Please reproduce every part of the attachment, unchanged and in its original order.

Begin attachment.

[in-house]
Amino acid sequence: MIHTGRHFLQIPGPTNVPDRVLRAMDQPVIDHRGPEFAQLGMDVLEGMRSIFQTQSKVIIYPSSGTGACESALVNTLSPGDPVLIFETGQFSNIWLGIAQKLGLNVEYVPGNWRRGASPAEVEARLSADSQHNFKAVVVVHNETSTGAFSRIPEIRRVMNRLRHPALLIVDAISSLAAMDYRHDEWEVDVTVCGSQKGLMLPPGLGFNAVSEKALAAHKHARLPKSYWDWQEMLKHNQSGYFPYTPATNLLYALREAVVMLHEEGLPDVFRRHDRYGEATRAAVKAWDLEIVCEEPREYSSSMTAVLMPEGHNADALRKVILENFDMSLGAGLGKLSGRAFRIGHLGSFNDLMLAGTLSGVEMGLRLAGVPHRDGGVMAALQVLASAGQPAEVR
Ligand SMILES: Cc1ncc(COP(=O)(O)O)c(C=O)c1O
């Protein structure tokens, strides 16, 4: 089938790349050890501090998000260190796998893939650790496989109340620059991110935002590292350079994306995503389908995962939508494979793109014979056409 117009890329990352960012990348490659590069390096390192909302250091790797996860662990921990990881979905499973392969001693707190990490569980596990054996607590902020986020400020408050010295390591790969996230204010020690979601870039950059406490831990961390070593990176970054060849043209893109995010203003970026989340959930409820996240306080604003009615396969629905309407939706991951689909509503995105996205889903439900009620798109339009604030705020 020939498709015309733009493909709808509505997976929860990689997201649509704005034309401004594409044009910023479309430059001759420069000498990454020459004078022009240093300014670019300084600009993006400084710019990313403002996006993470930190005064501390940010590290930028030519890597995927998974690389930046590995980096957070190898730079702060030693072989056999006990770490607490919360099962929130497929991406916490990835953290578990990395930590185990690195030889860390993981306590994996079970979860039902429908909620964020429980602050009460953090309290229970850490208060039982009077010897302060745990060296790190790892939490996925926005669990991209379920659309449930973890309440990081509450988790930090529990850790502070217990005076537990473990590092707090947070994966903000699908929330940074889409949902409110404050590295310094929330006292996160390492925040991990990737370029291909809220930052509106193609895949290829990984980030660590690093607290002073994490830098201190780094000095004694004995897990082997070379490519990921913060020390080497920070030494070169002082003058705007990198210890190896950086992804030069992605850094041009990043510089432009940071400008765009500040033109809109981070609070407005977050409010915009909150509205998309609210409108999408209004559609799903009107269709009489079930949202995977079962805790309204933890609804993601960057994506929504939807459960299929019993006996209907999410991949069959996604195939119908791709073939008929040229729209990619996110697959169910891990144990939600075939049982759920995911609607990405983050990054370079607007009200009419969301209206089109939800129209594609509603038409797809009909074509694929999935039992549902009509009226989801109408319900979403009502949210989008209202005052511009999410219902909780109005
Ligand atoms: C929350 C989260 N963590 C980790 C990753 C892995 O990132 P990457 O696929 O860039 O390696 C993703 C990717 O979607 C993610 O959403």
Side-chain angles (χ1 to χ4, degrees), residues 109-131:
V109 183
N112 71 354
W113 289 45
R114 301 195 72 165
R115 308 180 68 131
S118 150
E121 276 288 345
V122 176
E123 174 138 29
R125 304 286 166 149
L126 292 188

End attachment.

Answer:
[in-house]
Amino acid sequence: MIHTGRHFLQIPGPTNVPDRVLRAMDQPVIDHRGPEFAQLGMDVLEGMRSIFQTQSKVIIYPSSGTGACESALVNTLSPGDPVLIFETGQFSNIWLGIAQKLGLNVEYVPGNWRRGASPAEVEARLSADSQHNFKAVVVVHNETSTGAFSRIPEIRRVMNRLRHPALLIVDAISSLAAMDYRHDEWEVDVTVCGSQKGLMLPPGLGFNAVSEKALAAHKHARLPKSYWDWQEMLKHNQSGYFPYTPATNLLYALREAVVMLHEEGLPDVFRRHDRYGEATRAAVKAWDLEIVCEEPREYSSSMTAVLMPEGHNADALRKVILENFDMSLGAGLGKLSGRAFRIGHLGSFNDLMLAGTLSGVEMGLRLAGVPHRDGGVMAALQVLASAGQPAEVR
Ligand SMILES: Cc1ncc(COP(=O)(O)O)c(C=O)c1O
């Protein structure tokens, strides 16, 4: 089938790349050890501090998000260190796998893939650790496989109340620059991110935002590292350079994306995503389908995962939508494979793109014979056409 117009890329990352960012990348490659590069390096390192909302250091790797996860662990921990990881979905499973392969001693707190990490569980596990054996607590902020986020400020408050010295390591790969996230204010020690979601870039950059406490831990961390070593990176970054060849043209893109995010203003970026989340959930409820996240306080604003009615396969629905309407939706991951689909509503995105996205889903439900009620798109339009604030705020 020939498709015309733009493909709808509505997976929860990689997201649509704005034309401004594409044009910023479309430059001759420069000498990454020459004078022009240093300014670019300084600009993006400084710019990313403002996006993470930190005064501390940010590290930028030519890597995927998974690389930046590995980096957070190898730079702060030693072989056999006990770490607490919360099962929130497929991406916490990835953290578990990395930590185990690195030889860390993981306590994996079970979860039902429908909620964020429980602050009460953090309290229970850490208060039982009077010897302060745990060296790190790892939490996925926005669990991209379920659309449930973890309440990081509450988790930090529990850790502070217990005076537990473990590092707090947070994966903000699908929330940074889409949902409110404050590295310094929330006292996160390492925040991990990737370029291909809220930052509106193609895949290829990984980030660590690093607290002073994490830098201190780094000095004694004995897990082997070379490519990921913060020390080497920070030494070169002082003058705007990198210890190896950086992804030069992605850094041009990043510089432009940071400008765009500040033109809109981070609070407005977050409010915009909150509205998309609210409108999408209004559609799903009107269709009489079930949202995977079962805790309204933890609804993601960057994506929504939807459960299929019993006996209907999410991949069959996604195939119908791709073939008929040229729209990619996110697959169910891990144990939600075939049982759920995911609607990405983050990054370079607007009200009419969301209206089109939800129209594609509603038409797809009909074509694929999935039992549902009509009226989801109408319900979403009502949210989008209202005052511009999410219902909780109005
Ligand atoms: C929350 C989260 N963590 C980790 C990753 C892995 O990132 P990457 O696929 O860039 O390696 C993703 C990717 O979607 C993610 O959403």
Side-chain angles (χ1 to χ4, degrees), residues 109-131:
V109 183
N112 71 354
W113 289 45
R114 301 195 72 165
R115 308 180 68 131
S118 150
E121 276 288 345
V122 176
E123 174 138 29
R125 304 286 166 149
L126 292 188